European Payment System Isn’t a Pipe Dream

(Bloomberg Opinion) -- As President Donald Trump increasingly strains ties with U.S. allies, German leaders, including Chancellor Angela Merkel, have suggested that their country and other European nations should take steps to lessen their dependence on America. Now, Foreign Minister Heiko Maas has called for the creation of “U.S.-independent payment channels” to help shield European companies from unilateral U.S. sanctions such as the ones Trump has imposed on Iran.

That may sound unrealistic given U.S. dominance in financial markets: Any such payment channels would have to go through financial institutions that don’t have exposure to the U.S. dollar. According to the Bank for International Settlements, non-U.S. banks’ $12.6 trillion of dollar-denominated assets rival those of U.S. banks. Although European banks cut their dollar exposure by 42 percent between 2007 and 2017, they still have big positions: German banks’ outstanding dollar claims at the end of the first quarter of 2018 reached $502 billion.

The German foreign minister’s plan wouldn’t be impossible to put in practice, however: Banks without any U.S. exposure exist and, under certain conditions, can even grow.

The foreign minister’s call for a “balanced trans-Atlantic partnership,” first published in the German business daily Handelsblatt, isn’t focused on the economy alone. “That the Atlantic has grown wider politically is by no means just because of Donald Trump,” Maas wrote. “The U.S. and Europe have been drifting apart for years. The overlap in values and interests that has shaped our relationship for two generations is growing smaller.” Europe should seek a new type of relationship, in which the bloc remains a partner with the U.S. but serves as a counterbalance “where the U.S. oversteps red  lines.”

As examples of these “red lines,” Maas cited Trump’s punitive import tariffs, the repatriations of billions of dollars in profit from Europe by U.S. based tech giants (“keyword: digital tax,” Maas wrote), the lack of U.S. enthusiasm for the United Nations and the U.S. pullout from the Iran nuclear deal. The latter that requires Europe to achieve greater financial independence, he said.

For the moment, European governments can’t do much to offer protection from unilateral U.S. sanctions for large companies with U.S. exposure or dollar funding. Many of these firms, including automakers Renault, Peugeot and Daimler and oil major Total, have put Iran-related plans on hold. It’s not clear that smaller companies with no interest in the U.S. market could pick up enough of the slack to keep the Iran deal alive. But there are ways to finance and clear trade between Europe and Iran. European countries need to find banks willing to give up the dollar and any involvement in the U.S.  financial system in exchange for incentives related to working with sanctioned entities.

Europe might want to look to Russia for examples. 

In March, 2014, the U.S. sanctioned the Russian bank Rossiya, whose shareholders include President Vladimir Putin’s wealthy cronies. It lost the ability to deal with U.S. banks and, according to The Wall Street Journal, had $572  million frozen in its U.S. accounts. In April, the U.S. imposed similar restrictions on SMP Bank, part-owned by Putin’s friend Arkady Rotenberg. The penalties didn’t kill either of the well-connected lenders; in fact, their assets swelled in dollar terms even as they had to give up the U.S. currency.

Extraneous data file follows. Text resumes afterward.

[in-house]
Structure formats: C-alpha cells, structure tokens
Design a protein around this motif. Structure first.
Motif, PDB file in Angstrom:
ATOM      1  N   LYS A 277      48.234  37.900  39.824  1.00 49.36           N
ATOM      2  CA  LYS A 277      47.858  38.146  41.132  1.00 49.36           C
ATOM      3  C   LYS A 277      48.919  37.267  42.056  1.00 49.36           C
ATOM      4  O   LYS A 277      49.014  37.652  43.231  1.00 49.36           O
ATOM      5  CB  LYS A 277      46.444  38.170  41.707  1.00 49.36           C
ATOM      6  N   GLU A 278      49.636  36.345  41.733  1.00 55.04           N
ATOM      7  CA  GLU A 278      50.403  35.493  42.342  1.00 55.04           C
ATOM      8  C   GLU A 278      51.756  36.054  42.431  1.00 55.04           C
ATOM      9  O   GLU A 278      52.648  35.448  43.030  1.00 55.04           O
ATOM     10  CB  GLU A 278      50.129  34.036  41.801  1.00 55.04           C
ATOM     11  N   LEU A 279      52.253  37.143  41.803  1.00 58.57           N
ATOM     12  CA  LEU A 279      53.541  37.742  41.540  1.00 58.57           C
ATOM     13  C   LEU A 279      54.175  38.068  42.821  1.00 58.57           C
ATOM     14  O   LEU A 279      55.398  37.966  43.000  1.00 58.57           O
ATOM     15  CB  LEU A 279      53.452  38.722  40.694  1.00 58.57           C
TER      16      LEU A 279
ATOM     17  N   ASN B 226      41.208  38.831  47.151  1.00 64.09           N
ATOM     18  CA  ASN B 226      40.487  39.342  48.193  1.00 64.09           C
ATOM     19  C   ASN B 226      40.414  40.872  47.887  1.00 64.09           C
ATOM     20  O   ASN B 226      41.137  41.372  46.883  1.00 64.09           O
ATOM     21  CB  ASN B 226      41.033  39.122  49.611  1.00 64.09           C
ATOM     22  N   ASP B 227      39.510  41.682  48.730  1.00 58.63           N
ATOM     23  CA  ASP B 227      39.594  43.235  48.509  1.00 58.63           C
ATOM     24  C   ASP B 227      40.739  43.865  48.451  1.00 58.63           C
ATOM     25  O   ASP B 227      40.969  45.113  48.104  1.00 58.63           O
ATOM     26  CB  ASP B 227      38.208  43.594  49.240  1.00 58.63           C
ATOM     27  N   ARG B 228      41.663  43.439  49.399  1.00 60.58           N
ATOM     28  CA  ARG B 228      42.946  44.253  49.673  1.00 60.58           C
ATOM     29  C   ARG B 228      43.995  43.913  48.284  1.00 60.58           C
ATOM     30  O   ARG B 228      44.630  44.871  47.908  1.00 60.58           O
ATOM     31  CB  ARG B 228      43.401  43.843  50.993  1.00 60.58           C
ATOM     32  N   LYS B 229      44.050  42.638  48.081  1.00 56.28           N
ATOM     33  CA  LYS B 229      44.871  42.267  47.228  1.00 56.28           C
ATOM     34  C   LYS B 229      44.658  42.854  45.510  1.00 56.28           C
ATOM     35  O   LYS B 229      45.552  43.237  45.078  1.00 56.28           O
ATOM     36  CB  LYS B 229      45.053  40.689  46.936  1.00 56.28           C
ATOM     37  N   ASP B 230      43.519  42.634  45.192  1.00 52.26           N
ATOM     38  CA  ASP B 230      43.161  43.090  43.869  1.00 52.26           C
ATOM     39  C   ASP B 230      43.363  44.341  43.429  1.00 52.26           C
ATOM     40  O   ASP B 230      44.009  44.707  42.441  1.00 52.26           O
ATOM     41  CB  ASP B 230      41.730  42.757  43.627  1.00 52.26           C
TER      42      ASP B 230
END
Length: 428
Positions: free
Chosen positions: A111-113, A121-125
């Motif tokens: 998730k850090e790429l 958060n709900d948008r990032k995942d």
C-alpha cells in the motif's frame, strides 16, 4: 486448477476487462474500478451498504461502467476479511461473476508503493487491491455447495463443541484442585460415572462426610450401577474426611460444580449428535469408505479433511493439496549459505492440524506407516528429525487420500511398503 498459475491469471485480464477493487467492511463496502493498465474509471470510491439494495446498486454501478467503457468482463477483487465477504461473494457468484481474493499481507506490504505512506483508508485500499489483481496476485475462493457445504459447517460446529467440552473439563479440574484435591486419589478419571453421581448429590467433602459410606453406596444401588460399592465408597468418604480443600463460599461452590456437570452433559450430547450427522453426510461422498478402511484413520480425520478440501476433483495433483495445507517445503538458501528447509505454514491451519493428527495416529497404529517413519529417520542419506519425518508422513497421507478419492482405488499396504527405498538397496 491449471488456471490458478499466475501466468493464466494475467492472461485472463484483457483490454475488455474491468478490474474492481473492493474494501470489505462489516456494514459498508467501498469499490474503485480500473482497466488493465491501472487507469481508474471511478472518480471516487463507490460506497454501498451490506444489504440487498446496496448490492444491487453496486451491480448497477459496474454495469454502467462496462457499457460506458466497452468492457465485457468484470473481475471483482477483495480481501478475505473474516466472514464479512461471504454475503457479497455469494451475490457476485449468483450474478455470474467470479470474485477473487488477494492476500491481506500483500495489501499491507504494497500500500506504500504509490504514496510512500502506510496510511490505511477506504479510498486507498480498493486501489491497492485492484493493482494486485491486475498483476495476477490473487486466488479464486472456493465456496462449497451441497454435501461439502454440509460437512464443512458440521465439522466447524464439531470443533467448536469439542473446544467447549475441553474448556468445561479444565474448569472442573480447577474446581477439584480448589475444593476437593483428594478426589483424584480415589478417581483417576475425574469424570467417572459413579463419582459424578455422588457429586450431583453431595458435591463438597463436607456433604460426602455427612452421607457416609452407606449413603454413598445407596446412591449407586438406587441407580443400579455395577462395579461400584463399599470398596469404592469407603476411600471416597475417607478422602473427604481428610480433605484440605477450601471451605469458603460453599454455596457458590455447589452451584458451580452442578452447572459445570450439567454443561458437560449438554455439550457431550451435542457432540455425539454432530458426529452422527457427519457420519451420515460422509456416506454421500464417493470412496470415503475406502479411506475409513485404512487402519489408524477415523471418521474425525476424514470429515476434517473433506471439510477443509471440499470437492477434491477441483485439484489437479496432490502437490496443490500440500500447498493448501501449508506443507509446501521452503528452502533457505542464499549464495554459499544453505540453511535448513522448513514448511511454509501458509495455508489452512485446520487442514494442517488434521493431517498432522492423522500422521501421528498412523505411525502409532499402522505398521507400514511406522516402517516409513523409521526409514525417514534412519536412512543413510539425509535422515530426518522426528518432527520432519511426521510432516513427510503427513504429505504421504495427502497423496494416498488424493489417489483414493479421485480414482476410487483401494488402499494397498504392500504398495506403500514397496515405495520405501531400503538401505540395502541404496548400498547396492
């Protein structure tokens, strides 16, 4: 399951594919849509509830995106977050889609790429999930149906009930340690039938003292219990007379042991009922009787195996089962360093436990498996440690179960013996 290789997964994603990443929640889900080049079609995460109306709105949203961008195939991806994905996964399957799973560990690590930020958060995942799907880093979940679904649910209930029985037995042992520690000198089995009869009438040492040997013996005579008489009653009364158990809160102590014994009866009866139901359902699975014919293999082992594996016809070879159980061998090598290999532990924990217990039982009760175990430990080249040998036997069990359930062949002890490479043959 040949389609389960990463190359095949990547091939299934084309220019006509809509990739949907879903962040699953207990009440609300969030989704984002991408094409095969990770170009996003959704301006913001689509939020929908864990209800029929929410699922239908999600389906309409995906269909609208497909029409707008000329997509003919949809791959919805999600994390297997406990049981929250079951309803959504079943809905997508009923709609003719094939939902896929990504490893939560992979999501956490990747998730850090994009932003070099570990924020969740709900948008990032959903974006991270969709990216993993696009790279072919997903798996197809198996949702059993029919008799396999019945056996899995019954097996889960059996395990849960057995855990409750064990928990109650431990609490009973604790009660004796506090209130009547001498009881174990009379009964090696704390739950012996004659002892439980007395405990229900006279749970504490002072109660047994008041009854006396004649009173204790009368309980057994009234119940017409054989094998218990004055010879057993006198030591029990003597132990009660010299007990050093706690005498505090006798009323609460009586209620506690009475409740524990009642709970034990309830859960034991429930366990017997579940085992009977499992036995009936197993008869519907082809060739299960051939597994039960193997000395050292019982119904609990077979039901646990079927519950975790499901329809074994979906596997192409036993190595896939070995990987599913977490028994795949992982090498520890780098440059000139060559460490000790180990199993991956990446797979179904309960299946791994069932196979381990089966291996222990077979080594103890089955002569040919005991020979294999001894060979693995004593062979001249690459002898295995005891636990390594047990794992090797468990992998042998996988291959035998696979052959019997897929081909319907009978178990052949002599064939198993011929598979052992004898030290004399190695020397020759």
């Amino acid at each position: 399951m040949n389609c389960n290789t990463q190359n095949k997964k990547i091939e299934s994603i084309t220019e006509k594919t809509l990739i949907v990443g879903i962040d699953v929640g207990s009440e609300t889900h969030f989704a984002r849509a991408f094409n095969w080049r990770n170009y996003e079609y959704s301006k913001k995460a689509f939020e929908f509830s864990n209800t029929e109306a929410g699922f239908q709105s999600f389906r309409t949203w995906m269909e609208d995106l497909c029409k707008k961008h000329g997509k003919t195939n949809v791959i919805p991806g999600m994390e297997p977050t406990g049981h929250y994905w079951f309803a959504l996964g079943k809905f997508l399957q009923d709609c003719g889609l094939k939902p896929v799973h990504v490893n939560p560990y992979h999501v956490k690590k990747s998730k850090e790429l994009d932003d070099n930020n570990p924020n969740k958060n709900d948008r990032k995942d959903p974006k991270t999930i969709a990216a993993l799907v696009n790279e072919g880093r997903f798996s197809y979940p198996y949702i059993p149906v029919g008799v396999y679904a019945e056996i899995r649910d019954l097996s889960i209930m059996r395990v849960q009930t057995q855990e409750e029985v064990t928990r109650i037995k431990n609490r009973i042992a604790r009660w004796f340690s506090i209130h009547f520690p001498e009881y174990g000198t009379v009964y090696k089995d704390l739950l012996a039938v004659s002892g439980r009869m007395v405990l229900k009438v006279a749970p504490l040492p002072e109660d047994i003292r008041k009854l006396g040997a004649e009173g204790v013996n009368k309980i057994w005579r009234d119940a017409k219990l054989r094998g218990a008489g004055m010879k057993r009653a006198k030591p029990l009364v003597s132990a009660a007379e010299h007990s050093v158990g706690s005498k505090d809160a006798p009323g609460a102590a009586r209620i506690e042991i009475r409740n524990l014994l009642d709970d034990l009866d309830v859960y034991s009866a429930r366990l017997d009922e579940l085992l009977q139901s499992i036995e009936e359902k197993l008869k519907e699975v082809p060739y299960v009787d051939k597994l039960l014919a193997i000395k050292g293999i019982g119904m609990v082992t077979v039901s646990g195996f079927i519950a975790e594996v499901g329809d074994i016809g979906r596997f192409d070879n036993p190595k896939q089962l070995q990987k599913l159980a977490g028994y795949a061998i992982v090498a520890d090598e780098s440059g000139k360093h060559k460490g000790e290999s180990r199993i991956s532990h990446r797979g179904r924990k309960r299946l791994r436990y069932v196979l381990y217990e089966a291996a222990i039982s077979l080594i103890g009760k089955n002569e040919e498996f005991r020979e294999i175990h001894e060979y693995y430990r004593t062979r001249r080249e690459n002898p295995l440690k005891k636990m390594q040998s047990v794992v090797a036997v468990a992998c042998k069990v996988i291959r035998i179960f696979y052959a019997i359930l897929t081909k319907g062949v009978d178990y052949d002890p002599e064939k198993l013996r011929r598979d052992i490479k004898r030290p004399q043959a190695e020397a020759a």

European Payment System Isn’t a Pipe Dream

Rossiya’s assets grew faster than those of the state-owned lender Sberbank, the biggest in Russia. Sberbank is forced to stay away from Russian-annexed Crimea by the threat of U.S. sanctions that are as strict as those affecting Rossiya and SMP Bank. Freed from such concerns by U.S. sanctions, Rossiya unrolled a big retail banking project there and started financing development projects on the peninsula in the absence of significant competition. Both Rossiya and SMP Bank have received support from the Russian government and state-owned companies, which have placed large deposits with them. 

If Europeans are serious about establishing “U.S.-independent payment channels,” they need banks such as Rossiya and SMP that are private or government-controlled. Whether such financial institutions exist or can be set up depends on how serious European governments are about busting extraterritorial U.S. sanctions. The German government, at least, should be serious enough: its economic interests diverge widely from those of the U.S., Trump or no Trump. Dealing with U.S. adversaries such as Russia and Iran can be more attractive to some German companies than acquiring U.S. exposure.

It remains to be seen whether European leaders have the courage to move in the direction Maas described. That would be a leap into the unknown, and would inevitably be seen by the U.S. as an escalation. But if Europe hopes to play a counterbalancing role to the U.S., it needs to move beyond newspaper articles, even those written by powerful foreign ministers.

This column does not necessarily reflect the opinion of the editorial board or Bloomberg LP and its owners.

Leonid Bershidsky is a Bloomberg Opinion columnist covering European politics and business. He was the founding editor of the Russian business daily Vedomosti and founded the opinion website

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